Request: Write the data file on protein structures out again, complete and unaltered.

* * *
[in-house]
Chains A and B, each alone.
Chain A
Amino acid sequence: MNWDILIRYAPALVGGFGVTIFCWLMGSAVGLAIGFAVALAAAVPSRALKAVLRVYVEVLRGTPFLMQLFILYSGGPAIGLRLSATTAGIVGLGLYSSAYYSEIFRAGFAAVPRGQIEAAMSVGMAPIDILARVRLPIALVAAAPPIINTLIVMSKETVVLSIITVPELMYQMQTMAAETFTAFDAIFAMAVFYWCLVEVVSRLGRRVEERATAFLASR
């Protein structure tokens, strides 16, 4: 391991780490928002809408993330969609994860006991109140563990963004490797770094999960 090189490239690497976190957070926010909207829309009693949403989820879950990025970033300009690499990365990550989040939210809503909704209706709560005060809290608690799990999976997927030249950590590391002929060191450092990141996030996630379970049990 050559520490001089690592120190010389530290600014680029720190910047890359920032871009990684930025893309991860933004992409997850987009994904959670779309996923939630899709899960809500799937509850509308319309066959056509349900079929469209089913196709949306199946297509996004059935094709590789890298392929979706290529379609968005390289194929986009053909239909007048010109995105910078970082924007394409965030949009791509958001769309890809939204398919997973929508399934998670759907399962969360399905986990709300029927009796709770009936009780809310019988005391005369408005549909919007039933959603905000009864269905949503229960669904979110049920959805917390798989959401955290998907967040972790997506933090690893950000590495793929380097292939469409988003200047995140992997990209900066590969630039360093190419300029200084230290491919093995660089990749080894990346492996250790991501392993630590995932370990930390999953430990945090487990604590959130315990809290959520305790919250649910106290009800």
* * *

[in-house]
Chains A and B, each alone.
Chain A
Amino acid sequence: MNWDILIRYAPALVGGFGVTIFCWLMGSAVGLAIGFAVALAAAVPSRALKAVLRVYVEVLRGTPFLMQLFILYSGGPAIGLRLSATTAGIVGLGLYSSAYYSEIFRAGFAAVPRGQIEAAMSVGMAPIDILARVRLPIALVAAAPPIINTLIVMSKETVVLSIITVPELMYQMQTMAAETFTAFDAIFAMAVFYWCLVEVVSRLGRRVEERATAFLASR
């Protein structure tokens, strides 16, 4: 391991780490928002809408993330969609994860006991109140563990963004490797770094999960 090189490239690497976190957070926010909207829309009693949403989820879950990025970033300009690499990365990550989040939210809503909704209706709560005060809290608690799990999976997927030249950590590391002929060191450092990141996030996630379970049990 050559520490001089690592120190010389530290600014680029720190910047890359920032871009990684930025893309991860933004992409997850987009994904959670779309996923939630899709899960809500799937509850509308319309066959056509349900079929469209089913196709949306199946297509996004059935094709590789890298392929979706290529379609968005390289194929986009053909239909007048010109995105910078970082924007394409965030949009791509958001769309890809939204398919997973929508399934998670759907399962969360399905986990709300029927009796709770009936009780809310019988005391005369408005549909919007039933959603905000009864269905949503229960669904979110049920959805917390798989959401955290998907967040972790997506933090690893950000590495793929380097292939469409988003200047995140992997990209900066590969630039360093190419300029200084230290491919093995660089990749080894990346492996250790991501392993630590995932370990930390999953430990945090487990604590959130315990809290959520305790919250649910106290009800």